Canadiens' worst fears come true in Game 1

MONTREAL -- Heading into Saturday’s matinee against the New York Rangers in the Eastern Conference finals opener, the Canadiens were concerned about the potential for letdown following an epic Game 7 win in Boston three days before.

It took less than seven minutes for those fears to be realized. And by the time it was over, the hosts had dropped a humbling 7-2 decision on home ice.

“It was something we talked about before the game,” Habs defenseman P.K. Subban said afterward. “We know we can be a lot better than that, obviously.”

With former Canadiens forward Dominic Moore playing provider, the Rangers jumped out to a 2-0 lead just 6:27 in on goals by Mats Zuccarello and Quebec native Martin St. Louis.

Habs coach Michel Therrien quickly called a timeout in an effort rally his shell-shocked troops -- a maneuver that seemed to work initially. Still, only a fluky second period tally by Rene Bourque allowed the hosts to pull within one before New York scored two more in the final 1:01, effectively putting the game out of reach.

“We were not ready mentally or physically,” a stone-faced Therrien said in his postgame press conference. “To compete for a game like that.”

Bourque’s take was even more blunt.

“We got our a---- kicked all over the ice, plain and simple,” he said.

Believe it or not, things could have been even worse for the Canadiens.

Midway through the second period, star goaltender Carey Price was run into, skates first, by hulking Blueshirts forward Chris Kreider. Price, who appeared to be favoring his right leg, stayed in the game. But with the score 4-1 heading into the third, Therrien went to backup Peter Budaj for the final 20 minutes -- leading to speculation that the 2014 Olympic gold medalist was injured.

But Therrien insisted he pulled Price, who surrendered four goals on 20 shots, only because the outcome was beyond doubt.

“It wasn’t because of an injury,” the coach said of the decision. “The fact that he didn’t play in the third period was more to protect him than anything, because we were not sharp.”

Therrien, Subban and blueliner Mike Weaver all said they didn’t believe Kreider, who was not penalized on the play, ran into Price intentionally. That didn’t stop Brandon Prust from roughing up his former Ranger teammate early in the third, taking a double minor plus a 10-minute misconduct penalty in the process.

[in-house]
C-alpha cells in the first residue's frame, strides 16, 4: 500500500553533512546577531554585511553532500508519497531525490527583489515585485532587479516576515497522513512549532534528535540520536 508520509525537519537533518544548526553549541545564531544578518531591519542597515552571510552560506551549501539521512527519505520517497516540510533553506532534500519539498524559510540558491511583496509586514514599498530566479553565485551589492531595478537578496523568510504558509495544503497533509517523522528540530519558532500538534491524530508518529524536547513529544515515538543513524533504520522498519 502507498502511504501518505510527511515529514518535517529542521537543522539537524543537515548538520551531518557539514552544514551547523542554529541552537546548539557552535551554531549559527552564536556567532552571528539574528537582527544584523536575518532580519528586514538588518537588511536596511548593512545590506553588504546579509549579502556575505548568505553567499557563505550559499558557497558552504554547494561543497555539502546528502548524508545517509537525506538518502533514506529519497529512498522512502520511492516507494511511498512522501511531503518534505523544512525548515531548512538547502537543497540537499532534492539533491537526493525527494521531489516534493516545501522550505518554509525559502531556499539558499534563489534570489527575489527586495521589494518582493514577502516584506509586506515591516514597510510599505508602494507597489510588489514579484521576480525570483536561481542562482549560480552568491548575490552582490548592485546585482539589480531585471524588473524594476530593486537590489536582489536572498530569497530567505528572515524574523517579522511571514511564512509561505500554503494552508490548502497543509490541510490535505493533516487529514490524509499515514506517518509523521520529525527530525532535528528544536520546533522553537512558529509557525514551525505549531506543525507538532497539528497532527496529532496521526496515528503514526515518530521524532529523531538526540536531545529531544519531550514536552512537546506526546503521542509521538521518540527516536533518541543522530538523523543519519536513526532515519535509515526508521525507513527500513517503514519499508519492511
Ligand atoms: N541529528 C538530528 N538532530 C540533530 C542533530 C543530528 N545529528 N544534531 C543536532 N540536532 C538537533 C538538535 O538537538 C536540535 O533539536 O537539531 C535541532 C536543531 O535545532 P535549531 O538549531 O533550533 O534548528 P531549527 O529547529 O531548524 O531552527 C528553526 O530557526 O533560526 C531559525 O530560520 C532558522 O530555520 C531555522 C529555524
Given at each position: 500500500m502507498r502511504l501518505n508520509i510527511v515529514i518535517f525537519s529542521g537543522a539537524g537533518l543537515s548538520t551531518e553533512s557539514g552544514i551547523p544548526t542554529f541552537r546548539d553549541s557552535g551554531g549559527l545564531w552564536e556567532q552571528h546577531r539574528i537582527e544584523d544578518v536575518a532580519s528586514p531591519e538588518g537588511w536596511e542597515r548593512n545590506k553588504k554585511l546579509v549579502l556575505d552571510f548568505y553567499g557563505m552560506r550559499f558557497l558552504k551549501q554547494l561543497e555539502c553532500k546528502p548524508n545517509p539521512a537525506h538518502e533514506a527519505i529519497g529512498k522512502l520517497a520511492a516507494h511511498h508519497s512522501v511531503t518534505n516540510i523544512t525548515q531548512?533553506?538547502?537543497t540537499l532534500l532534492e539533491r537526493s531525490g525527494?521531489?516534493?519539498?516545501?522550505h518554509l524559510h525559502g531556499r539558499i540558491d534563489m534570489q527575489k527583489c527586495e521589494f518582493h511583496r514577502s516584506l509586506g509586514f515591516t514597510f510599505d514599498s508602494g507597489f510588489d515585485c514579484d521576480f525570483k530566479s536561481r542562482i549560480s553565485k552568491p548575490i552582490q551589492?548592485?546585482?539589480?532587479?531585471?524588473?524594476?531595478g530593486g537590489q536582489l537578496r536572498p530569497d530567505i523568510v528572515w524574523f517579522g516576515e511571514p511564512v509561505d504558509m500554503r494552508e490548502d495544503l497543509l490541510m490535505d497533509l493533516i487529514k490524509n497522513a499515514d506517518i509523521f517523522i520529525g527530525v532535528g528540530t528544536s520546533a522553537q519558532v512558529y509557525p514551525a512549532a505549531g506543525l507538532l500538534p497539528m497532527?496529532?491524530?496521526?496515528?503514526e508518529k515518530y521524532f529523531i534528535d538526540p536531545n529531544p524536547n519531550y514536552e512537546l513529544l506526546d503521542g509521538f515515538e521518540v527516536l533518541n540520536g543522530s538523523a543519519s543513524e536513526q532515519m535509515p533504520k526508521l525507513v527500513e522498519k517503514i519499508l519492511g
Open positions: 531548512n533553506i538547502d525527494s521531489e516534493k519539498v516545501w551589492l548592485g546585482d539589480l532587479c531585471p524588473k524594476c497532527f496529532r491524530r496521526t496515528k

It could have been out of frustration as much as anything else.

“Anytime you get a goal scored in the last minute it deflates you, and we got two,” captain Brian Gionta said. “Going from a 2-1 game going into the third to 4-1, that’s a big difference.”

Still, a loss is a loss, whether it’s 3-2 or 7-2. And with Game 2 scheduled for Monday night, the Habs don’t have much time to lick their wounds.

“We have to find a way to regroup,” Gionta said. “There’s plenty of hockey left to be played in this series. We have another game Monday at home here --we need to use that to our advantage.”

They’ll also need a much better start.

“You never want to lose a game, but it’s going to bring us back [to] earth,” Therrien said. “As a group we have to be ready to compete and play every night in order to have a chance to win. We put that game behind us and move forward. But it’s a good lesson.”


  • After being outshot 12-6 in the first, Montreal was strong early in the second -- even if many of its attempts never reached Rangers netminder Henrik Lundqvist. Before Bourque’s goal, the visitors blocked nine shots, finishing the game with 23 in all.

  • Max Pacioretty had a golden opportunity to tie the game late in the second period but was robbed by Lundqvist’s glove. Moments later, Kreider made it 3-1, and Brad Richards added the Rangers' backbreaking fourth 49 seconds after that. The Habs were also unable to generate any shots on their lone power play of the middle frame. “For a small part of that second period we had a little bit of a pushback and we were able to get ourselves back into the game and got some momentum,” Gionta said. “And then again we let it get away from us.”

  • Subban said he texted St. Louis, his teammate with Canada’s Olympic squad earlier this year, shortly after learning that St. Louis’ mother passed away unexpectedly on May 8. “I know he’s going through a tough time,” Subban said. “He’s a character guy in the way that he still competed and comes to work and does his job. Credit to him -- he played a great game today and I’m sure he’s going to be even better as the series goes on. We have to be ready for it.”